Quick construction time – Compared to conventional homes, flat packs can be built much quicker—we’re talking built from scratch in a matter of several weeks rather than several months. Since these homes are being built off-site, deconstruction of previous buildings, laying the foundation and other site work can be done at the same time that the home is being constructed, bringing the move-in date that much closer.
Lower cost – Many flat pack homes have a price tag of 25 percent less than conventional home construction due to their efficient factory built production that requires less labour. The Y:Cube, billed as a solution to Britain’s housing crisis for its quality and affordability, is 40 percent cheaper.
DIY – For the handyperson around the house who enjoys assembling IKEA flat-pack furniture, making your own home can pose a fun challenge. It’s also quite rewarding to move into a home that you built yourself. If the idea of driving all those screws throws you into a tizzy, not to worry, you can always hire a construction crew to put it up for you.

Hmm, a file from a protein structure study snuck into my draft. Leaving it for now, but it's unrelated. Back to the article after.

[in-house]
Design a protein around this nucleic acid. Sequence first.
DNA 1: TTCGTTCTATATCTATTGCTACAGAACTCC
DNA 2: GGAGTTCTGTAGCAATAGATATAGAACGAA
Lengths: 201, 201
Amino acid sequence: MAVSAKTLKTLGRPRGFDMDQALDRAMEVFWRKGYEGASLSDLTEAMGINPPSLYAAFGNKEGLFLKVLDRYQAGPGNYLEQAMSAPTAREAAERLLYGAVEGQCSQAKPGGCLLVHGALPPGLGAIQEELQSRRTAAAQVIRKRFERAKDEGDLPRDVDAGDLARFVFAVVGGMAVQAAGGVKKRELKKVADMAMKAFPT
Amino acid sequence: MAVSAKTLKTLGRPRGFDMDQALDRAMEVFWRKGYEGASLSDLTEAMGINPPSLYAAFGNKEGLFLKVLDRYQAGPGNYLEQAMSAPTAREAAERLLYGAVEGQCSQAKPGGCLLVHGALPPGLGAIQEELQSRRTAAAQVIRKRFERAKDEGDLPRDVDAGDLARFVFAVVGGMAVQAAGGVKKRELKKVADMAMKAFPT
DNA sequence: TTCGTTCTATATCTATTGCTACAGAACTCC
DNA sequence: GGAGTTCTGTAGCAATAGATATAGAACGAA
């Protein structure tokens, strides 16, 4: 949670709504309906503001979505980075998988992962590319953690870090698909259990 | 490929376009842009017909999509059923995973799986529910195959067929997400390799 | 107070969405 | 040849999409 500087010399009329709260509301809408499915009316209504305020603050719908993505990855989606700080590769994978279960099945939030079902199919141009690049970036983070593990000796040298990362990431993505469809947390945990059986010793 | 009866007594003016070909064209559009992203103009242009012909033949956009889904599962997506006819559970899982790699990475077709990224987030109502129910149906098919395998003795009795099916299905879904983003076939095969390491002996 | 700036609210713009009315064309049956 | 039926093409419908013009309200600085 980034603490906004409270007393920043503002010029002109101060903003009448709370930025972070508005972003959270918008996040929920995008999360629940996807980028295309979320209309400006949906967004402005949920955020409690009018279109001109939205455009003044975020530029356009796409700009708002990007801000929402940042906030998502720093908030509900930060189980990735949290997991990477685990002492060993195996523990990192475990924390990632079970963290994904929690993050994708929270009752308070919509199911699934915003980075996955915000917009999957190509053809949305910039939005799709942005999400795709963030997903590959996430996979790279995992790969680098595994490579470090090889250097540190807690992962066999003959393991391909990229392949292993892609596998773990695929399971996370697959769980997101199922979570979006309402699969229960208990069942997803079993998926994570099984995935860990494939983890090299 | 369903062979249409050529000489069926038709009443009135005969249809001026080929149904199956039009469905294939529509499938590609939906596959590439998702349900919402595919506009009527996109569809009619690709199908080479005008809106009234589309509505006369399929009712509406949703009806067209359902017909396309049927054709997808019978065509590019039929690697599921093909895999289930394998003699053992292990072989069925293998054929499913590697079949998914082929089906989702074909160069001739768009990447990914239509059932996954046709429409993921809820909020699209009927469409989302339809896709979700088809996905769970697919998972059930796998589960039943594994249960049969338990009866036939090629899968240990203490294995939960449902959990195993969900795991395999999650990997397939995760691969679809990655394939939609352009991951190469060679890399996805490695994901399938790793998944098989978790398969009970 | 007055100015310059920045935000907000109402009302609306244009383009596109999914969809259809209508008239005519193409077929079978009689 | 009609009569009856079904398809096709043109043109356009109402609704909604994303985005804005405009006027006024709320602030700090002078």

Less site disturbance – since up to 90 percent of construction is done in the factory, both the site and your new neighbours will get disturbed far less than if building a conventional home.
Less construction waste – The construction and demolition sector in the UK produces one-third of the country’s waste, the largest source of waste in the country, according to the UK Green Building Council. Being produced in a factory according to plans that have been used time and again means there’s more precision in their design, making the building process more efficient. Unlike construction sites that toss out a lot of materials, materials are kept in the factory for future use.
Less chance of materials getting stolen or damaged – Unlike construction materials that are kept on site and prone to theft, vandalism, rust, mold and mildew, materials are kept in a climate-controlled environment and safe from hooligans (though that entirely depends on the neighborhood!).